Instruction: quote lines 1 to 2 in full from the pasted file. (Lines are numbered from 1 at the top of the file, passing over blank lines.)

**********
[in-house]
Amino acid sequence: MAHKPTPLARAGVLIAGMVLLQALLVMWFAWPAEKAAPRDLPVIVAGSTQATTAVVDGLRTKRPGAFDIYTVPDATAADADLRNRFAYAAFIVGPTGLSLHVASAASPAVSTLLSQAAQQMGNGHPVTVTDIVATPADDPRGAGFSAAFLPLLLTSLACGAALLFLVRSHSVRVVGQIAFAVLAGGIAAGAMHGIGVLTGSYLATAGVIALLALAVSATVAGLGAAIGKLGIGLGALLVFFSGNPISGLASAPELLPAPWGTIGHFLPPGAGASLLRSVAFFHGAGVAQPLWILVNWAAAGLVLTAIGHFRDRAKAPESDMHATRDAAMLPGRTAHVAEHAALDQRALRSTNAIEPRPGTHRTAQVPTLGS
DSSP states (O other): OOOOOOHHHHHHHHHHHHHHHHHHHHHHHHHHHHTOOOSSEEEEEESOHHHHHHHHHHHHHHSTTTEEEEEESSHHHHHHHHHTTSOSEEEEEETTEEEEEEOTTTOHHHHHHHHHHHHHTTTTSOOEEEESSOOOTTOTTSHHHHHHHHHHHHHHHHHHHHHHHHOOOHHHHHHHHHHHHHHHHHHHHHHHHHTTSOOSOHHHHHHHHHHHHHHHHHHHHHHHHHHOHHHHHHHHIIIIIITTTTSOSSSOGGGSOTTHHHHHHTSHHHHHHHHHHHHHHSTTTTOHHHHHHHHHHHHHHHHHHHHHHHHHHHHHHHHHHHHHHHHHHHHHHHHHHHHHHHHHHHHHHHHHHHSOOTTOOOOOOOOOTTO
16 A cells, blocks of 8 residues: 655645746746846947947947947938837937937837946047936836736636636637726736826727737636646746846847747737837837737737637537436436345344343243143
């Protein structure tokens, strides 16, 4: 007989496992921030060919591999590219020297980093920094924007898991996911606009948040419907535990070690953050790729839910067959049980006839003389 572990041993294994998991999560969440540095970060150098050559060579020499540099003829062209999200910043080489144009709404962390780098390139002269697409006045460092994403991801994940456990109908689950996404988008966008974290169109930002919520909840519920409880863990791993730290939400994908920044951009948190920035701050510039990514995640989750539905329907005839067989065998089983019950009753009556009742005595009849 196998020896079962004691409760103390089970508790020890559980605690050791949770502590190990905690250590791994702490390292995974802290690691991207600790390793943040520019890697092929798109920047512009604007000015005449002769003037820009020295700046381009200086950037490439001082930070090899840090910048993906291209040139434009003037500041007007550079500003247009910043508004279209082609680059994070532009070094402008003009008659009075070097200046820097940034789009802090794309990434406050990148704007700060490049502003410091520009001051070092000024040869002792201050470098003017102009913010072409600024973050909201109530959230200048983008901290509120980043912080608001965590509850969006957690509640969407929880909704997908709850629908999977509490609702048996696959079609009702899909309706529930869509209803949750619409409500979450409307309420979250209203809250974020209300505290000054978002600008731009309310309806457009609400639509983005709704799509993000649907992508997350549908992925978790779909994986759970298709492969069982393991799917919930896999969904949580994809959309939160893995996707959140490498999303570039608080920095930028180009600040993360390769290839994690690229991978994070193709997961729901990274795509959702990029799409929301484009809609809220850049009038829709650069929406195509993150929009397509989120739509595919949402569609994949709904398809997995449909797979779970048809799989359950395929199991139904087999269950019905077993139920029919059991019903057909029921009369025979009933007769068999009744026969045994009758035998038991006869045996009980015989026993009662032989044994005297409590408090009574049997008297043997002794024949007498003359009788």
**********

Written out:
[in-house]
Amino acid sequence: MAHKPTPLARAGVLIAGMVLLQALLVMWFAWPAEKAAPRDLPVIVAGSTQATTAVVDGLRTKRPGAFDIYTVPDATAADADLRNRFAYAAFIVGPTGLSLHVASAASPAVSTLLSQAAQQMGNGHPVTVTDIVATPADDPRGAGFSAAFLPLLLTSLACGAALLFLVRSHSVRVVGQIAFAVLAGGIAAGAMHGIGVLTGSYLATAGVIALLALAVSATVAGLGAAIGKLGIGLGALLVFFSGNPISGLASAPELLPAPWGTIGHFLPPGAGASLLRSVAFFHGAGVAQPLWILVNWAAAGLVLTAIGHFRDRAKAPESDMHATRDAAMLPGRTAHVAEHAALDQRALRSTNAIEPRPGTHRTAQVPTLGS